New Website for Toneworks!

Hello All!

We have a new website for Toneworks. We’d love it if you bookmark it: http://www.toneworksmusictherapy.com! We will have an automatic redirect up over the weekend so you won’t have a choice anyways. But, feel free to go on over and check it out.

Thanks,

Andrea & Lyndie

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Timeless Tunesday: {It Is Winter}

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I know some readers are in warm weather…but it’s been quite the winter in MN so far. As a result, it’s still appropriate for teachers to plan “Snow” as the theme of the month and for me to create this movement song with scarves! I set the words to the tune of “London Bridge”. During this music therapy intervention students can work on imitation, gross motor movement, including crossing midline, and use expressive language.

Pass out the scarves and sing to the tune of London Bridge:

Snow is falling to the ground (move scarves up and down or toss and catch)

To the ground, to the ground

Snow is falling to the ground 

It is Winter, Brrrr (rub arms & shiver)

Brush it off so we can play (sweep the floor from side to side)

We can play, we can play

Brush it off so we can play

It is Winter, Brrrr

Squish it up into a snowball (use both hands to squish scarf into a ball)

Into a snowball, into a snowball

Squish it up into a snowball

It is Winter, Brrr

Cover up and stay so warm (use the scarf like a blanket on lap and tap knees)

Stay so warm, stay so warm

Cover up and stay so warm

It is Winter, Brrr

Such a simple melody, but you can encourage so much movement and language with the added sensory stimulation of scarves on top of the music and movement. If it’s still cold in your area, I hope you can use this intervention!

Save The Date: {March 8, 2014} GRAND OPENING!

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Friends. We are SO excited to finally have a couple of dedicated rooms in our own clinic space to meet with clients 1:1, groups, and to collaborate with other allied health professionals to serve the Minneapolis and greater metro area! Please save the date and join us on Saturday, March 8th from 1-4pm. You will be able to sign up for Musical Playgound (5+ yo Social Skills Group) and Tones of Fun (0-5yo Caregiver & Me Music Class) for the spring. Of course, we will also have treats and be raffling off some Toneworks Swag, instruments, & giftcards for services!

See you there!

Andrea & Lyndie

Valentine’s Day {Music Bingo} for TEENS!

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I just started a spring semester run working at a transition program with 18-21 year olds with varying diagnoses and abilities. Finding age appropriate music therapy interventions can be hard for this population, especially for higher functioning young adults. The group loved playing music bingo with a name that tune twist so I wanted to share the board here!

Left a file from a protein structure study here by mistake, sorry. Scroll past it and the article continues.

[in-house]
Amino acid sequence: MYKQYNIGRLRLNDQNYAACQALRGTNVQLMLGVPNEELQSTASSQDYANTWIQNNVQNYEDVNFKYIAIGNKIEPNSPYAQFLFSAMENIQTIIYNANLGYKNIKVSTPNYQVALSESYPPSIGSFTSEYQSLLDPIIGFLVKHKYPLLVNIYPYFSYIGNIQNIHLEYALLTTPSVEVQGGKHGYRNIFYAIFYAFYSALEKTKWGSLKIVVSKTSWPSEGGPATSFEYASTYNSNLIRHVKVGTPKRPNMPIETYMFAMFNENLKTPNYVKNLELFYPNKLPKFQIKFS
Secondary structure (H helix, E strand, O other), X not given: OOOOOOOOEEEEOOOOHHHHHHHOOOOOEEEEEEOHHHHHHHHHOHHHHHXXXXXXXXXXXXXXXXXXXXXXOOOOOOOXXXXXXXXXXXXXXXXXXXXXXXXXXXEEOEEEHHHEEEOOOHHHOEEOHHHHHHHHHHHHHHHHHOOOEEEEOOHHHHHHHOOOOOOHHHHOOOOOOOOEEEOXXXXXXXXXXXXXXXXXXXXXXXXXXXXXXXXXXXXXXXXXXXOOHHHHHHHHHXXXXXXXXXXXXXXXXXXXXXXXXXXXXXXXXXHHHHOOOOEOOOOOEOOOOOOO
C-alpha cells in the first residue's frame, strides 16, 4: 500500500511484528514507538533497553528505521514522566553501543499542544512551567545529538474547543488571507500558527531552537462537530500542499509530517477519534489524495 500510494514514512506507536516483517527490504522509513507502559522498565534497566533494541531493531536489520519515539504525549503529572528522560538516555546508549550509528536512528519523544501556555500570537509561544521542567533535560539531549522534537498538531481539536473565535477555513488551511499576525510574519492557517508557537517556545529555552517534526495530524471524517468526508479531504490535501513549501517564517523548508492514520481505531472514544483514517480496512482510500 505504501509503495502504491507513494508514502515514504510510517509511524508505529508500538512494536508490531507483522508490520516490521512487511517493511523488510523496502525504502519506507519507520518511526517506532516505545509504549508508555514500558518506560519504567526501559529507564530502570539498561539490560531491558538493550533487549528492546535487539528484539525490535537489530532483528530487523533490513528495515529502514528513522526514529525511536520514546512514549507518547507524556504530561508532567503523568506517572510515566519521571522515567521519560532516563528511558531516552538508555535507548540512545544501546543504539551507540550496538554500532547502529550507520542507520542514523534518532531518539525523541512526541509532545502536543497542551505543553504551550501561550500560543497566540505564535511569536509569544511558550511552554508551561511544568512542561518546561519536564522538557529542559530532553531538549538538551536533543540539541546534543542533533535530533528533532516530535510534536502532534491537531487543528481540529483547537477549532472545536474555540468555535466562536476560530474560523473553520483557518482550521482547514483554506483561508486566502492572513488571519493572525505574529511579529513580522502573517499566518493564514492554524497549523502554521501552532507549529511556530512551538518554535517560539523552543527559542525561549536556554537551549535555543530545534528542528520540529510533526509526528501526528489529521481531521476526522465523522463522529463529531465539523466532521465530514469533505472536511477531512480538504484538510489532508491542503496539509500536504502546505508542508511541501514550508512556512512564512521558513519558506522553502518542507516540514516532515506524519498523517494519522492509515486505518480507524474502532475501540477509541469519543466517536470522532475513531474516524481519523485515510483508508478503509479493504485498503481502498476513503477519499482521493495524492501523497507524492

Pass out the bingo sheets and explain that you’ll be playing and/or singing the melody (without words) until one person guesses the answer. Then, ask everyone to mark the box and go through one verse/chorus or whatever you have time to sing. Goals for this intervention include social skills so I encourage talking among the group to figure out the answer or to share a particular fact or memory about the song. I’ve uploaded the sheet as a doc in case you want to switch out songs or make different versions for several teams.

Happy Valentine’s Week!

Friday Favorites: {In the Winter…}

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Maybe you have heard of this whole Polar Vortex phenomenon? Well, in MN we are enjoying what some are calling, Polar Vortex 2.0. Basically, this means a lot of days that never make it above 0 degrees! All of us Minnesnowtans are keeping warm with hot food and hot drink so here’s a fun song writing activity about hot yummy things to eat in the cold, cold winter.

Just like our song about what we like to eat, “In the Summer”, this song writing intervention uses the melody of “The Lion Sleeps Tonight”. I looked through cooking magazines, cut out photos of warm food and drink (hot chocolate, pasta, soup, etc.), and laminated them for visuals. I find that good quality visuals always go a long way in getting clients engaged and it’s worth a little bit of time spent in preparation. Clients young and old will get to make choices, recognize names, practice joint attention, interact with peers, and work on sequencing during this song.

Start singing/playing the chorus of the song…

In the winter, the cold, cold winter

We like to stay very warm

In the winter, the cold, cold winter

We like to eat lots of warm food

Now the clients get to make a choice during the verse and put their food next to their name on the board

In the winter, the cold, cold winter

__(name)__ likes to eat lots of __(food__

In the winter, the cold, cold winter

__(name)__ likes to eat lots of  __(food)__

Then everyone can join back in for the “a-wim-o-weh” part.

This intervention would also be a great opportunity to bring in more senses such as touch, smell, and taste of the different foods and discussing hot/cold as well. We hope you’re staying warm and can use this song with your clients!

Guest Post by Dena Register: {Declaring Our Independence}

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Below is a guest post written by Dena Register of the Regulatory Affairs Advisor, Certification Board for Music Therapists on finding our voice as music therapists during #mtadvocacy month. Enjoy!